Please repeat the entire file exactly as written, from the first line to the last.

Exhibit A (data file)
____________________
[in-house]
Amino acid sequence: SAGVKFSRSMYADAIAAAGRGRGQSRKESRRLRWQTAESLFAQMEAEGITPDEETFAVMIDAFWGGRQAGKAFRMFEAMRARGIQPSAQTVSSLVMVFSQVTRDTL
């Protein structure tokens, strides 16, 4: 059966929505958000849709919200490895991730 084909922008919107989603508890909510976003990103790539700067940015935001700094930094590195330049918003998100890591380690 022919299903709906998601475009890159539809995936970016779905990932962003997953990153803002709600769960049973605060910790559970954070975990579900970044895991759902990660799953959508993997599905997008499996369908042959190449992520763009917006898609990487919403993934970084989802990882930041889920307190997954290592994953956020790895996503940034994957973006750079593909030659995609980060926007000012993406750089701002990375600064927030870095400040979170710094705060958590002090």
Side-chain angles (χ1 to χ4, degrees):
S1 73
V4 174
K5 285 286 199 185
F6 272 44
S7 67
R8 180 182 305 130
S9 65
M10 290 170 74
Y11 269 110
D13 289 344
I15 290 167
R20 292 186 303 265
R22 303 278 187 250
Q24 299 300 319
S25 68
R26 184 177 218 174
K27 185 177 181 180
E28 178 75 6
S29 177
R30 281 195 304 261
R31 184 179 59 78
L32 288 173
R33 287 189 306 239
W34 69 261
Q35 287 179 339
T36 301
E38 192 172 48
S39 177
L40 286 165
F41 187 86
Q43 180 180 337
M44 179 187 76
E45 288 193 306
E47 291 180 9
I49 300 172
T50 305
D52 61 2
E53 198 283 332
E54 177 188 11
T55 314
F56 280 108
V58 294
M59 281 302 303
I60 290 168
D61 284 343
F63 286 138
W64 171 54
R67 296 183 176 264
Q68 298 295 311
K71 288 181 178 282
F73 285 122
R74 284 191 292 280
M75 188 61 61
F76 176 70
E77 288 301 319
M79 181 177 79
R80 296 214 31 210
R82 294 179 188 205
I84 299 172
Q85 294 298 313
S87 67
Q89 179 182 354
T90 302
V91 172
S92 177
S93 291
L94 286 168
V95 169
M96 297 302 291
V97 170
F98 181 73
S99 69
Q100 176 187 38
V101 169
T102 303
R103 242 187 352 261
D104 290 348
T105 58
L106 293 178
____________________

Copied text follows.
[in-house]
Amino acid sequence: SAGVKFSRSMYADAIAAAGRGRGQSRKESRRLRWQTAESLFAQMEAEGITPDEETFAVMIDAFWGGRQAGKAFRMFEAMRARGIQPSAQTVSSLVMVFSQVTRDTL
């Protein structure tokens, strides 16, 4: 059966929505958000849709919200490895991730 084909922008919107989603508890909510976003990103790539700067940015935001700094930094590195330049918003998100890591380690 022919299903709906998601475009890159539809995936970016779905990932962003997953990153803002709600769960049973605060910790559970954070975990579900970044895991759902990660799953959508993997599905997008499996369908042959190449992520763009917006898609990487919403993934970084989802990882930041889920307190997954290592994953956020790895996503940034994957973006750079593909030659995609980060926007000012993406750089701002990375600064927030870095400040979170710094705060958590002090």
Side-chain angles (χ1 to χ4, degrees):
S1 73
V4 174
K5 285 286 199 185
F6 272 44
S7 67
R8 180 182 305 130
S9 65
M10 290 170 74
Y11 269 110
D13 289 344
I15 290 167
R20 292 186 303 265
R22 303 278 187 250
Q24 299 300 319
S25 68
R26 184 177 218 174
K27 185 177 181 180
E28 178 75 6
S29 177
R30 281 195 304 261
R31 184 179 59 78
L32 288 173
R33 287 189 306 239
W34 69 261
Q35 287 179 339
T36 301
E38 192 172 48
S39 177
L40 286 165
F41 187 86
Q43 180 180 337
M44 179 187 76
E45 288 193 306
E47 291 180 9
I49 300 172
T50 305
D52 61 2
E53 198 283 332
E54 177 188 11
T55 314
F56 280 108
V58 294
M59 281 302 303
I60 290 168
D61 284 343
F63 286 138
W64 171 54
R67 296 183 176 264
Q68 298 295 311
K71 288 181 178 282
F73 285 122
R74 284 191 292 280
M75 188 61 61
F76 176 70
E77 288 301 319
M79 181 177 79
R80 296 214 31 210
R82 294 179 188 205
I84 299 172
Q85 294 298 313
S87 67
Q89 179 182 354
T90 302
V91 172
S92 177
S93 291
L94 286 168
V95 169
M96 297 302 291
V97 170
F98 181 73
S99 69
Q100 176 187 38
V101 169
T102 303
R103 242 187 352 261
D104 290 348
T105 58
L106 293 178